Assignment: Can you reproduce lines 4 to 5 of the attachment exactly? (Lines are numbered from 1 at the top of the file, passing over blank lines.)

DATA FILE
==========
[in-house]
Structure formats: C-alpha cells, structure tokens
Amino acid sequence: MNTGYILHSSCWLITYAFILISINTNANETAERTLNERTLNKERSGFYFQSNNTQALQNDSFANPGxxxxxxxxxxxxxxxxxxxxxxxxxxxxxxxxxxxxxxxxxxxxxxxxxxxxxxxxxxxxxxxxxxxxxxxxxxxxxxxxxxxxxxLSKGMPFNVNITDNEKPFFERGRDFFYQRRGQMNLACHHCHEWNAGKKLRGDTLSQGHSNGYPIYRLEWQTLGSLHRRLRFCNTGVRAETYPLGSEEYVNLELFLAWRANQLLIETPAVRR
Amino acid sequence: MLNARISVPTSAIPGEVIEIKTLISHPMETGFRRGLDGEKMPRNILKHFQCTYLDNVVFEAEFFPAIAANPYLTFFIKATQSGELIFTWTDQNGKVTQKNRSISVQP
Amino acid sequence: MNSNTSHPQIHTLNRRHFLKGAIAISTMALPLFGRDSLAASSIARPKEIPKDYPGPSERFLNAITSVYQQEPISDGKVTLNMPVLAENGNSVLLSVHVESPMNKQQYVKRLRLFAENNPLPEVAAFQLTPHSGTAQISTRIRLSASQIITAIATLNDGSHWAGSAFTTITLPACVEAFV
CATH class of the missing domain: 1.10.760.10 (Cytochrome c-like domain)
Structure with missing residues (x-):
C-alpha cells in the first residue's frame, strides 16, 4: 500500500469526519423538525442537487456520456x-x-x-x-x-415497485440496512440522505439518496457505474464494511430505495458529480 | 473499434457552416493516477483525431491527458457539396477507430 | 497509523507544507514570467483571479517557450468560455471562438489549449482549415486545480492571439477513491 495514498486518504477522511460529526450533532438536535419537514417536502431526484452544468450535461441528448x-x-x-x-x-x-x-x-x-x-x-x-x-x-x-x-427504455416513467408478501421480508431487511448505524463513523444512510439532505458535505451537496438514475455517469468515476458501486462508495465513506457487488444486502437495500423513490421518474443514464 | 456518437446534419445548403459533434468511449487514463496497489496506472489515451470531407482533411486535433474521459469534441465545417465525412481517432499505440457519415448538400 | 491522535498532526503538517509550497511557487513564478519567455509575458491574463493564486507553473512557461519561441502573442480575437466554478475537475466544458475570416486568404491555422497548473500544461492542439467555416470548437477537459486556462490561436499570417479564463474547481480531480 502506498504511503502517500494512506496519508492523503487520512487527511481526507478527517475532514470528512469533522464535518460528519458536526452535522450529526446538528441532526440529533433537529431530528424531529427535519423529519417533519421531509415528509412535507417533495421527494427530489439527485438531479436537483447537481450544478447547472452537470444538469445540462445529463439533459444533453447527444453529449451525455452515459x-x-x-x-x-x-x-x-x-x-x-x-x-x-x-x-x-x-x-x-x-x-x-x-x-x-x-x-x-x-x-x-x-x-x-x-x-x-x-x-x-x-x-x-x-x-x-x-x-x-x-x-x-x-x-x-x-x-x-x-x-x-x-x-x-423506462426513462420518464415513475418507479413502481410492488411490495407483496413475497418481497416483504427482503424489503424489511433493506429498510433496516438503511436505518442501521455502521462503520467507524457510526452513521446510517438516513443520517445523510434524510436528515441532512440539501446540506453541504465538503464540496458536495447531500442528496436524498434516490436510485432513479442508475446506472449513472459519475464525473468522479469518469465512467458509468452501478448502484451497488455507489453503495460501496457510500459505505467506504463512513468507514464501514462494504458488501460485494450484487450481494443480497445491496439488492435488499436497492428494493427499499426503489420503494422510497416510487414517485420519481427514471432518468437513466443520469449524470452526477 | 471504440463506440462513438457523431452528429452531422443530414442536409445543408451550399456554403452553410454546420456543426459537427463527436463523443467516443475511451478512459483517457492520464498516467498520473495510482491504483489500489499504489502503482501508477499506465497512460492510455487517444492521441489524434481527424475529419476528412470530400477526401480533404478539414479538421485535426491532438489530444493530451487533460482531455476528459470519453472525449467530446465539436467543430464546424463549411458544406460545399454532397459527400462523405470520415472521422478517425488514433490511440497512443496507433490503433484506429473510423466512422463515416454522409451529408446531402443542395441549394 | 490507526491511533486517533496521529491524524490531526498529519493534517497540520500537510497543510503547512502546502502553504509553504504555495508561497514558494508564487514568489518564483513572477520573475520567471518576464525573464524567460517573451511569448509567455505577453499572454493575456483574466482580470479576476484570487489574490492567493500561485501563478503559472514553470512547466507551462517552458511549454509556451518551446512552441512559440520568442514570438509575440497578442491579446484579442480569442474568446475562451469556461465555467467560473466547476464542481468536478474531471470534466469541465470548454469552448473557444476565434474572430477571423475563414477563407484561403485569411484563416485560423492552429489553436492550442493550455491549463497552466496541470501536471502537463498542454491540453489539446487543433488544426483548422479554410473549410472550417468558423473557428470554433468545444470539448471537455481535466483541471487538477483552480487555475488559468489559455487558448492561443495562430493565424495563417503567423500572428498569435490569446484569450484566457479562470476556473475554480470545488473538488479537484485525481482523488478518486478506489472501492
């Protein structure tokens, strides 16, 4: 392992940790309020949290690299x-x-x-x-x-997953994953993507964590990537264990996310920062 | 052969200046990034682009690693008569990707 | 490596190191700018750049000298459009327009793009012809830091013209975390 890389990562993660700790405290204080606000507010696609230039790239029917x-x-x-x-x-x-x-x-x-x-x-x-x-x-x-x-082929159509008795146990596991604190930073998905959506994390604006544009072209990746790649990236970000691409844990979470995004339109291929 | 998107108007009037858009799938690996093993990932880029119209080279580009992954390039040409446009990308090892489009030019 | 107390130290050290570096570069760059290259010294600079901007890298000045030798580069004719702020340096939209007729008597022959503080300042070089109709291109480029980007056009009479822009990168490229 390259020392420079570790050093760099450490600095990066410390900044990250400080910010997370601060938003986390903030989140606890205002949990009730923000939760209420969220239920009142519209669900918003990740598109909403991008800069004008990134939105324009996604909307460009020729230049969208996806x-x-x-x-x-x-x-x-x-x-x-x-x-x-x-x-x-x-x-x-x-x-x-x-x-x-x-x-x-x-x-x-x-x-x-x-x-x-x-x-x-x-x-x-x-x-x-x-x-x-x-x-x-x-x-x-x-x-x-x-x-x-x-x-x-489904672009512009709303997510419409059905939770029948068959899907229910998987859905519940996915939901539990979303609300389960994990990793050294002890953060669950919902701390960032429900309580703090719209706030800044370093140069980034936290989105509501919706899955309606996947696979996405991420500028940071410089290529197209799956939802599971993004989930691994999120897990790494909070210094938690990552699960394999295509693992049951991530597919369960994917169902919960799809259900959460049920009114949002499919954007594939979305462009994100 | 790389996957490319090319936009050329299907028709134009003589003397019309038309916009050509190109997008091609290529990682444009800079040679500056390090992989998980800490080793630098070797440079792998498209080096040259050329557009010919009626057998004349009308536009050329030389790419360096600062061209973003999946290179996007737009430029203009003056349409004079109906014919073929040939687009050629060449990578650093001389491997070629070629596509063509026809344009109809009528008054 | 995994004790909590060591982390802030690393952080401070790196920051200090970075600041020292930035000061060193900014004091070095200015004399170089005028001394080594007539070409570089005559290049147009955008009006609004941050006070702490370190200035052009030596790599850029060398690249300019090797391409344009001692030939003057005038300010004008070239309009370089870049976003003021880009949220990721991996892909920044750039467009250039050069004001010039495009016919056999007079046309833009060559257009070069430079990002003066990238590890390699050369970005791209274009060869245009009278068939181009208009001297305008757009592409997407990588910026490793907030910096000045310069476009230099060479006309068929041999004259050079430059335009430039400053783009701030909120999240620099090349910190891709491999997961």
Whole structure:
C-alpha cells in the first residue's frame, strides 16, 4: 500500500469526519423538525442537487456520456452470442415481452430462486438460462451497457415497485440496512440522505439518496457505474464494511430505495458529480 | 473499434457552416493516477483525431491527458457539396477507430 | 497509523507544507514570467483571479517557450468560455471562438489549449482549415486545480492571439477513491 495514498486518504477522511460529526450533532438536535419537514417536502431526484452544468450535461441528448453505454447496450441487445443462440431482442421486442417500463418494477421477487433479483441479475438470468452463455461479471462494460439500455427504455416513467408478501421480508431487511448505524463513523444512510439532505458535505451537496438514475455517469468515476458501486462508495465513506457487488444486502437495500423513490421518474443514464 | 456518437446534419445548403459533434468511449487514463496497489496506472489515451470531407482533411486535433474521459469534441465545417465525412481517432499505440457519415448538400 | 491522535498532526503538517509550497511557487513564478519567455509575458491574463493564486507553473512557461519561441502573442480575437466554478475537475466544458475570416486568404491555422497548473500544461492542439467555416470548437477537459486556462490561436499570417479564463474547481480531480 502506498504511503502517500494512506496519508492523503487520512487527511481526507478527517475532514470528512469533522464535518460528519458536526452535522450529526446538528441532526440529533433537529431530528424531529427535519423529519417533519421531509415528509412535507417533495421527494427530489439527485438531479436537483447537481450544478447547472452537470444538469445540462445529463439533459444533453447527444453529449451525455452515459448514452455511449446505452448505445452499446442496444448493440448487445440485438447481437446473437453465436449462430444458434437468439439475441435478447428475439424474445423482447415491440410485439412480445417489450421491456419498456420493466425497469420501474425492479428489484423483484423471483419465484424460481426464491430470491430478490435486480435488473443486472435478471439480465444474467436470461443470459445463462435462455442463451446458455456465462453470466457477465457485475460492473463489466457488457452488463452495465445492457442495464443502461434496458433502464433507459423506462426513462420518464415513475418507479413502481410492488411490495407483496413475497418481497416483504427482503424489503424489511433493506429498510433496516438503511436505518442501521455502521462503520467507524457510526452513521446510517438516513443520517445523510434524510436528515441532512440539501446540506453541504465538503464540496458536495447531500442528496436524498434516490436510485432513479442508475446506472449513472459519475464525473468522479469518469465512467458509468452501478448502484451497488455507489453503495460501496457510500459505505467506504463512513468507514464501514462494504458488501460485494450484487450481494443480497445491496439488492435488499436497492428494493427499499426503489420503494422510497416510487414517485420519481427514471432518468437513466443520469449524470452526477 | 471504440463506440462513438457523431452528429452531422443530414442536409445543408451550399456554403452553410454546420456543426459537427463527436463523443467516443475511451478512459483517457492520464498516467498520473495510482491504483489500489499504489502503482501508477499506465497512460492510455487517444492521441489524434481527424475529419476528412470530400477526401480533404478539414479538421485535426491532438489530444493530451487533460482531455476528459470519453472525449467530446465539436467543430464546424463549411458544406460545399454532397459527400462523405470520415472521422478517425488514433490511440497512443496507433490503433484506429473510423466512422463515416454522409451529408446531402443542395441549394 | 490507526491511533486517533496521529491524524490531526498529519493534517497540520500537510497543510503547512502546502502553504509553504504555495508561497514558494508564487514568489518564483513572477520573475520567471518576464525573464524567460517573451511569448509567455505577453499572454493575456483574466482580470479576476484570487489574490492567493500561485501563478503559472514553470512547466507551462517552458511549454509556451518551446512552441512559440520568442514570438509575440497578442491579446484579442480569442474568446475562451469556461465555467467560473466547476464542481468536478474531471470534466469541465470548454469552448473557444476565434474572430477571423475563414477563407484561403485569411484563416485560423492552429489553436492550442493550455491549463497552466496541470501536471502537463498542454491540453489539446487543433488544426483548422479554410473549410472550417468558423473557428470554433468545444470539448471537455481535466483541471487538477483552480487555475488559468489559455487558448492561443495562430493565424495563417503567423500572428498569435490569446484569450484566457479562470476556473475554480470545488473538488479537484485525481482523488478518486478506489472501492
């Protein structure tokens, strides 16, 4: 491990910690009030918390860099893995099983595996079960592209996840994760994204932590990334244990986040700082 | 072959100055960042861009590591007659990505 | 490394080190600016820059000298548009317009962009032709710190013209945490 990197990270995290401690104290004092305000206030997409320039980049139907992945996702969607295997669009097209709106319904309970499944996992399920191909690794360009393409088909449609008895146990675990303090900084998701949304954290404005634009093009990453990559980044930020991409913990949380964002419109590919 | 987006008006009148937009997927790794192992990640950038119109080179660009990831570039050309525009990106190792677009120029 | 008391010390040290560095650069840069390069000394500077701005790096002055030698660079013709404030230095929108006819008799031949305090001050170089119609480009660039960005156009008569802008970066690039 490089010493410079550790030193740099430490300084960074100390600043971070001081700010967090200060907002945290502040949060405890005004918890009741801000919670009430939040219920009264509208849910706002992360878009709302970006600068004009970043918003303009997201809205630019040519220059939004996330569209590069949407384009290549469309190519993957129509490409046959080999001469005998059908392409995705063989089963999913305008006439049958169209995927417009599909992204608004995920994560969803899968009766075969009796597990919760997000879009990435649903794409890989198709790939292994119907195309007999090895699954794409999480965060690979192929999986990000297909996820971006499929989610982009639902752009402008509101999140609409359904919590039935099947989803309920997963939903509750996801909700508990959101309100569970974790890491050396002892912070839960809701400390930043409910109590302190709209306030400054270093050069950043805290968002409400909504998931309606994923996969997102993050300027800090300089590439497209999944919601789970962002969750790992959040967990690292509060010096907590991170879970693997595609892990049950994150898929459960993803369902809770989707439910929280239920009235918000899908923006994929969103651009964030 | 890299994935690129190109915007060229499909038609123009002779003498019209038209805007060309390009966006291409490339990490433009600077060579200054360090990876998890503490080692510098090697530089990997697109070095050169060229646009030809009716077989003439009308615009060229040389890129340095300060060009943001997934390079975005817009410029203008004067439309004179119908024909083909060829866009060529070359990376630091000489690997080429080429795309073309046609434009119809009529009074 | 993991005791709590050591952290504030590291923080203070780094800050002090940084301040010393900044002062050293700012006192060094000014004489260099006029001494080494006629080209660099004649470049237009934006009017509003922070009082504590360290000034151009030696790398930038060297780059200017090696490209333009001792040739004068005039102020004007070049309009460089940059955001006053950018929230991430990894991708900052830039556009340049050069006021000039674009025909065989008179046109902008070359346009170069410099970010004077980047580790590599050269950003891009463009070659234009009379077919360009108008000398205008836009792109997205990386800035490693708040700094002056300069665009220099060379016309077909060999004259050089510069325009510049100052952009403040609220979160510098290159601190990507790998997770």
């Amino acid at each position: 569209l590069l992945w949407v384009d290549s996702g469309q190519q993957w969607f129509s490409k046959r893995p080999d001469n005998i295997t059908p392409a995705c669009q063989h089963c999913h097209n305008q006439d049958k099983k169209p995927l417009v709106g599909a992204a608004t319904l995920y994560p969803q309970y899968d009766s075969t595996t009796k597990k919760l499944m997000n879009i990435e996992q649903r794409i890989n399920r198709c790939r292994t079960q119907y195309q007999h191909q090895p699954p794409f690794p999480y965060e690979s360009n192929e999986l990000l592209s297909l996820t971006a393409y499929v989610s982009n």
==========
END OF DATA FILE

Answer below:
Amino acid sequence: MLNARISVPTSAIPGEVIEIKTLISHPMETGFRRGLDGEKMPRNILKHFQCTYLDNVVFEAEFFPAIAANPYLTFFIKATQSGELIFTWTDQNGKVTQKNRSISVQP
Amino acid sequence: MNSNTSHPQIHTLNRRHFLKGAIAISTMALPLFGRDSLAASSIARPKEIPKDYPGPSERFLNAITSVYQQEPISDGKVTLNMPVLAENGNSVLLSVHVESPMNKQQYVKRLRLFAENNPLPEVAAFQLTPHSGTAQISTRIRLSASQIITAIATLNDGSHWAGSAFTTITLPACVEAFV